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Get What You Want: The Woman's Guide To Negotiation

23 Nov 2021 1:09 PM | Women of Martech Content (Administrator)

Shelley Zalis, Forbes Women |

The wage gap is real: On average, women make just 80 cents for every dollar a man makes, and the gap widens for minorities.

One contributing factor frequently given for the wage gap is that women are less likely than men to advocate for themselves: 31% of women say they’re uncomfortable negotiating their salary (compared to just 23% of men). There are systemic issues and other external factors that also play a big part in the wage gap.  Unconscious bias is often named as a culprit, but I think it’s more the result of conscious bias and stereotypes.

While I don’t believe that the responsibility should be on women to close the wage gap—I believe that is the company’s responsibility—I do believe that learning to be a better negotiator can greatly benefit us all. After all, if you don’t ask for you what you want, you most likely won’t get it.

I didn’t think about the wage gap when I was rising the ranks, because I was working in a man’s world. I’m probably owed a lot of money today! Later in my career when I was joining a new company, the hiring manager asked me for my salary requirements. I said I expected to get the same compensation as others at my level. She gave me the best of everyone’s package in terms of salary, equity and vacation because I held her accountable. Ask your company to pay you what others are paid at your level.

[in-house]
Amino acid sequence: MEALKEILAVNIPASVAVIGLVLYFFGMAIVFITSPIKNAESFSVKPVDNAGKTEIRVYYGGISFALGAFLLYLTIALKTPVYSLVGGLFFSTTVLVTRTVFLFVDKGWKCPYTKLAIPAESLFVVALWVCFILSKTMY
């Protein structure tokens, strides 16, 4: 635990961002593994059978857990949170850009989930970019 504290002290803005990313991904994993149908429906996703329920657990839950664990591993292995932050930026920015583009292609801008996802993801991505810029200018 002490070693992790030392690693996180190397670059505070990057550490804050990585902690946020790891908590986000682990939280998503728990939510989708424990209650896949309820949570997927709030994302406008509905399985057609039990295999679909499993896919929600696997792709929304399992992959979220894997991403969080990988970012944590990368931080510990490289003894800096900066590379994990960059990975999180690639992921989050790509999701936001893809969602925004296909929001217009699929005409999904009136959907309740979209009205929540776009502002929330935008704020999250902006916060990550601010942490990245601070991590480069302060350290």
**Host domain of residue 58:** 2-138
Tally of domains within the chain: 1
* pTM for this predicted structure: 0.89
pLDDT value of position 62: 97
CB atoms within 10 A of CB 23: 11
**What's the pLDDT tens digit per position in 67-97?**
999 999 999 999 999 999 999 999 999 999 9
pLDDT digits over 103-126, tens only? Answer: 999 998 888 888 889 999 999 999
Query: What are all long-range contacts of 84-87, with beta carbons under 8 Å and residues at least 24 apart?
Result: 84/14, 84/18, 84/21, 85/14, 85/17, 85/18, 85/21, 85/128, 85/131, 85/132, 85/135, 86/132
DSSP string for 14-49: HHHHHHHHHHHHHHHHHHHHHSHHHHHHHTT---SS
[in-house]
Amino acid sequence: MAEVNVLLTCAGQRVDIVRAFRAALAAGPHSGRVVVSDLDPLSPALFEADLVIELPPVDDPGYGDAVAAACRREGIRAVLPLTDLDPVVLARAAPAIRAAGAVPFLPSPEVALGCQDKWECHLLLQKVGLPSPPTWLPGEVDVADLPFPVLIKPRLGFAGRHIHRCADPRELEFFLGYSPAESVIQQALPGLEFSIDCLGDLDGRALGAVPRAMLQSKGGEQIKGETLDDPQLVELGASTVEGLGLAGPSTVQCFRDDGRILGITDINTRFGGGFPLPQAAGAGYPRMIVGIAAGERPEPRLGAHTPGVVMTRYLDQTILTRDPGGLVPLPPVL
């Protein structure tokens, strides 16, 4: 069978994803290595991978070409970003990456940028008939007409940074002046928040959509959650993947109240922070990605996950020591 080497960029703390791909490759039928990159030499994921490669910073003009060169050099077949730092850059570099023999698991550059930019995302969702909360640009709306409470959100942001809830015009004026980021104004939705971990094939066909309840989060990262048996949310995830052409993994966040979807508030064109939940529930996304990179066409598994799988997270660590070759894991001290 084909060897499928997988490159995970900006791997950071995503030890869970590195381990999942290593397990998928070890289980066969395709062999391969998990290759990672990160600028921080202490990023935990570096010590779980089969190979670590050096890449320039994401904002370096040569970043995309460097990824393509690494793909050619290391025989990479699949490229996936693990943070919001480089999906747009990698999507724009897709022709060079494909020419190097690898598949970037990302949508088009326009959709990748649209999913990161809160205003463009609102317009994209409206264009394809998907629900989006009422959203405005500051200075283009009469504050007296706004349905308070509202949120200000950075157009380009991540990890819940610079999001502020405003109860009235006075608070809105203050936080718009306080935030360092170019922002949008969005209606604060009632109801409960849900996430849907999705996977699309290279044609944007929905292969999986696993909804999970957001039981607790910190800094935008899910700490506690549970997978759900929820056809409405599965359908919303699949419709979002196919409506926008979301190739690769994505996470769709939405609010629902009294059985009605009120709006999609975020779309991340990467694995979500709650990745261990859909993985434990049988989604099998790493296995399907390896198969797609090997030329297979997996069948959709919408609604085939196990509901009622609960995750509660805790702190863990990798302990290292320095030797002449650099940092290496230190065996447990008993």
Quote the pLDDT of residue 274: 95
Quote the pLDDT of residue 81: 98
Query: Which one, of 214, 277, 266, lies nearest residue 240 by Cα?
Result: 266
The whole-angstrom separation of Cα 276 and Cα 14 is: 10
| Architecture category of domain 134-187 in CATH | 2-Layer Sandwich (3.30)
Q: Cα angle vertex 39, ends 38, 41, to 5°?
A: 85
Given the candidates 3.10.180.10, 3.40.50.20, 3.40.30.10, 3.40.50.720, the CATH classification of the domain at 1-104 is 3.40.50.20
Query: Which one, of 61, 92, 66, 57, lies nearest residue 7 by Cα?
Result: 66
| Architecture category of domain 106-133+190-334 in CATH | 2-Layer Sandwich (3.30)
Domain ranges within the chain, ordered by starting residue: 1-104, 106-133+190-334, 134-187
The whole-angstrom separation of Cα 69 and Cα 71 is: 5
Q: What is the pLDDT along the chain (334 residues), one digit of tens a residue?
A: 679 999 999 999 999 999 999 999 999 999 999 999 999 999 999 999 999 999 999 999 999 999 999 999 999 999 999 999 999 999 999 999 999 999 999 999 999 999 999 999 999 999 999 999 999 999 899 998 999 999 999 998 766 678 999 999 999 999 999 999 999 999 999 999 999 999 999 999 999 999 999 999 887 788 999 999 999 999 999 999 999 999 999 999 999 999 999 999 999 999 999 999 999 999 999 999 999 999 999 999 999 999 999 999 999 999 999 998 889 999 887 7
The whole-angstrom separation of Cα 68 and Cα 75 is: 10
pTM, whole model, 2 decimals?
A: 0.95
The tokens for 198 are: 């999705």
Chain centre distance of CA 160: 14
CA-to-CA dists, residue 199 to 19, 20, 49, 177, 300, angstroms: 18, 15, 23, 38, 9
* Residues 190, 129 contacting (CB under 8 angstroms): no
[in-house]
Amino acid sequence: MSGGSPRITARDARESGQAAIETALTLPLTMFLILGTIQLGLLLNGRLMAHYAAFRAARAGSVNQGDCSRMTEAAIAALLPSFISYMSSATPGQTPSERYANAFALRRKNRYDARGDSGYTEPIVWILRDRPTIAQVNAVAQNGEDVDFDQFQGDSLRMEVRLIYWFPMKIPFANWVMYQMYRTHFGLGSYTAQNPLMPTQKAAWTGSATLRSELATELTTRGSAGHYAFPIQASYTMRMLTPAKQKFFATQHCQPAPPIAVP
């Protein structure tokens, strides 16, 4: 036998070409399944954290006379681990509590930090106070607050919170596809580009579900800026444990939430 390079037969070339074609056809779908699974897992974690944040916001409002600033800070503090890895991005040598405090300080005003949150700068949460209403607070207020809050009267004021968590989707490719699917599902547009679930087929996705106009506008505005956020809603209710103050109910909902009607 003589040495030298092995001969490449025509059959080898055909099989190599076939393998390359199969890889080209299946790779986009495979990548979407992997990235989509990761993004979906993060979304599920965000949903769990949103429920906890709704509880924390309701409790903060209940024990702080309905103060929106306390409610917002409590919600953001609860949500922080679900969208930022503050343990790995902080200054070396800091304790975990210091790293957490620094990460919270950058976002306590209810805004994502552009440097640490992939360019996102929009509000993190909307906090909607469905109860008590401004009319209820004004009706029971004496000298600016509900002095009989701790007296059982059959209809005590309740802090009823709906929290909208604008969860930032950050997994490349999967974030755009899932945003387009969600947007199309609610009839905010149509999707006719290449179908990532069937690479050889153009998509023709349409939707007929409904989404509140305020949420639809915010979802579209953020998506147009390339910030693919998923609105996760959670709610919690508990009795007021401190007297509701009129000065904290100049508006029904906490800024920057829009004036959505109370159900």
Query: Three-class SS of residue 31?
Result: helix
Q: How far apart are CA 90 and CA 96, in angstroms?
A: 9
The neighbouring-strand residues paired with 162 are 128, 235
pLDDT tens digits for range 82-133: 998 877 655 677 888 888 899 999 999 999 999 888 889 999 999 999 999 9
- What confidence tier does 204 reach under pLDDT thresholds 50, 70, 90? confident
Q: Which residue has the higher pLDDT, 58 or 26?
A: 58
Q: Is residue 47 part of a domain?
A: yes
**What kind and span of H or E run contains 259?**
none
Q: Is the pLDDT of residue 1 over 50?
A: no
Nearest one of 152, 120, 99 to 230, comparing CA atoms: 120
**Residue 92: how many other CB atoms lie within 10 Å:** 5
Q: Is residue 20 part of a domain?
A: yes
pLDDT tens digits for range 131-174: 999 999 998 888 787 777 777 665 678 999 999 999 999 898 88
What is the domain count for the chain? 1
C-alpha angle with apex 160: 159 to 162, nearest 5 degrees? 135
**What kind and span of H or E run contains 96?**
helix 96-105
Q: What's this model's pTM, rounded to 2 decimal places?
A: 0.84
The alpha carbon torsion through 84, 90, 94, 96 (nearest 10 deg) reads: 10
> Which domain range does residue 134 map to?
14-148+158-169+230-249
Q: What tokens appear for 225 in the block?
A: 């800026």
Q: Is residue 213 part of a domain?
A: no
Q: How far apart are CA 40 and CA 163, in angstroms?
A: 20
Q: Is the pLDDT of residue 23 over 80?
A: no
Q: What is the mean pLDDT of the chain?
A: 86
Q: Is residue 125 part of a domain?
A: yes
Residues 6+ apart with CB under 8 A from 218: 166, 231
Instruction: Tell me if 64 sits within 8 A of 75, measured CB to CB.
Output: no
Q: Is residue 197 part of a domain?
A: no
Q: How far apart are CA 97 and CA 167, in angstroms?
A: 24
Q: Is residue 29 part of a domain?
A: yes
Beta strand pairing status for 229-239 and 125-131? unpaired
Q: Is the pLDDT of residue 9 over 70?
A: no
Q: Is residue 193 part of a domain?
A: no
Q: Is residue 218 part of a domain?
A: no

Here are some key things to remember about negotiating, along with tips to help you ask for—and increase your odds of getting—what you want:

Do the math. Even small raises make a big difference over the course of your lifetime. “Imagine two people are given a job offer of $50,000, which is close to the average for a new college graduate,” said Megan Karsh, who teaches negotiation at Stanford Law School. “One negotiates an initial $5,000 bump and a 5% raise every three years, but the other accepts the offer and a company-standard 1% pay increase each year without negotiating. After a 45-year career, the difference in their lifetime earnings is $1,062,739.19.”

Have an equality mindset. 

So what’s holding us back from asking for what we deserve? "Women may be conditioned to be accommodating and likable at the cost of advocating for themselves, and may fear the backlash they see assertive women suffer,” said Karsh. “This can lead to misbeliefs about their right to ask for promotions and raises, and a tendency to work harder for less."

While studies have long backed this up, some new research from Australia finds that women may now be asking for raises as often as men, but are less likely to get them. This further suggests that women who are trying to advocate for their own advancement may be received differently than their male counterparts.

“I’ve tried to think about [the backlash] more broadly, that women are told in so many ways to be smaller, take up less space, deprive themselves. Don’t eat this, don’t take credit for that, don’t cause a scene no matter how uncomfortable someone else made you,” said Karsh. “We’ve linked it to how women should act. What are your internal narratives about size and taking up space, and what do you metaphorically tell yourself about what you have a right to?”

Karsh says that she sees the wage gap taking an emotional toll on many of the women she works with, and it spills over into other areas of their lives. The idea that working harder than others in the same job doesn’t necessarily translate into equal pay may be part of the reason many women ‘opt out.’ “We’re all geared towards equity, and, over time, you may give up if you feel a sense of unfairness,” said Karsh. (Even monkeys feel the emotional toll of pay inequality — watch this video to see one’s intense reaction to getting paid cucumbers instead of more-valued grapes for equal work.)